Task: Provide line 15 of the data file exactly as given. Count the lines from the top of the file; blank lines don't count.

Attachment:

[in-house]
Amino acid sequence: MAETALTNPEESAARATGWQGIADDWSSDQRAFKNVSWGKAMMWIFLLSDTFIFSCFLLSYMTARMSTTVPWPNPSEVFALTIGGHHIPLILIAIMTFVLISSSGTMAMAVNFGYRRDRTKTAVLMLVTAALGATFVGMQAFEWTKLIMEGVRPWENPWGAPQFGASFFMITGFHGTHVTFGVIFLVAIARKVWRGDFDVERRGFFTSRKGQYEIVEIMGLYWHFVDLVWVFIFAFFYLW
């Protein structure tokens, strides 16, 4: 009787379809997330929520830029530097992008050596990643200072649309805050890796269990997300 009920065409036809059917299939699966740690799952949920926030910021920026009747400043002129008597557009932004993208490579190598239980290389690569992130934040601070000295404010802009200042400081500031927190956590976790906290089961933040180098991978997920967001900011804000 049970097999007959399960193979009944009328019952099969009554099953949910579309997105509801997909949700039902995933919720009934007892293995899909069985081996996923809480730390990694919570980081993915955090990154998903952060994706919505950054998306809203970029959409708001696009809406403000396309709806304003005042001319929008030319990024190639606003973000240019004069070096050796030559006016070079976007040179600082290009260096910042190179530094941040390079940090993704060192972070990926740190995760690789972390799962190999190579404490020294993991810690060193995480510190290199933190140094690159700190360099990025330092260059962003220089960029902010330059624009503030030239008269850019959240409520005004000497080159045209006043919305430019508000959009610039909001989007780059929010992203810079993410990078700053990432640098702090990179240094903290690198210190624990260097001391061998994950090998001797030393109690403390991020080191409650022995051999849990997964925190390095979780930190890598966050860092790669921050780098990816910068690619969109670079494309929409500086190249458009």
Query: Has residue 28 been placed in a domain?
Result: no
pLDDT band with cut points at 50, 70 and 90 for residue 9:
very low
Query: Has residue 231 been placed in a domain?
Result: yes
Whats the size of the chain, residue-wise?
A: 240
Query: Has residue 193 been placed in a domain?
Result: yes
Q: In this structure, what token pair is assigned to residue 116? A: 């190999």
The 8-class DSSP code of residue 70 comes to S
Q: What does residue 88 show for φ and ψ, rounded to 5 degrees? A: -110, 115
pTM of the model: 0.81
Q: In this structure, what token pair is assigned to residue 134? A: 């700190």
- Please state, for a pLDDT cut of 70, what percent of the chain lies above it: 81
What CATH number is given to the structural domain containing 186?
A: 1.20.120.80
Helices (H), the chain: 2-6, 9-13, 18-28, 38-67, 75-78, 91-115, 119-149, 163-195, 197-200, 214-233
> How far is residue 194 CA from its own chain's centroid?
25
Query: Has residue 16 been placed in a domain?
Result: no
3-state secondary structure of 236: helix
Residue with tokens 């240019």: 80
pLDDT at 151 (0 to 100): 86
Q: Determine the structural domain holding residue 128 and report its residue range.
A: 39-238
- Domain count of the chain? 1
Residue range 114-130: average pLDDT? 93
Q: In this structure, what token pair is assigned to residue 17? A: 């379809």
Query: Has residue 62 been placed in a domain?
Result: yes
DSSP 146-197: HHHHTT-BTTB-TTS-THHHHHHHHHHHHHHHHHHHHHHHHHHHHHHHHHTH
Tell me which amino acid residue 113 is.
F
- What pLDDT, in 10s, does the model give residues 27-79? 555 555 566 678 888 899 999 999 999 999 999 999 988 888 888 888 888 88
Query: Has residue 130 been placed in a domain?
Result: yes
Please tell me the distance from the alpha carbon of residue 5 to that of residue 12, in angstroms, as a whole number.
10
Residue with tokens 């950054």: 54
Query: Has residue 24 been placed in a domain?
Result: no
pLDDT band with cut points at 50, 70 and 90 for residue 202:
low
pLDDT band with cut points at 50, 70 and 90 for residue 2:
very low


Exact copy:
The 8-class DSSP code of residue 70 comes to S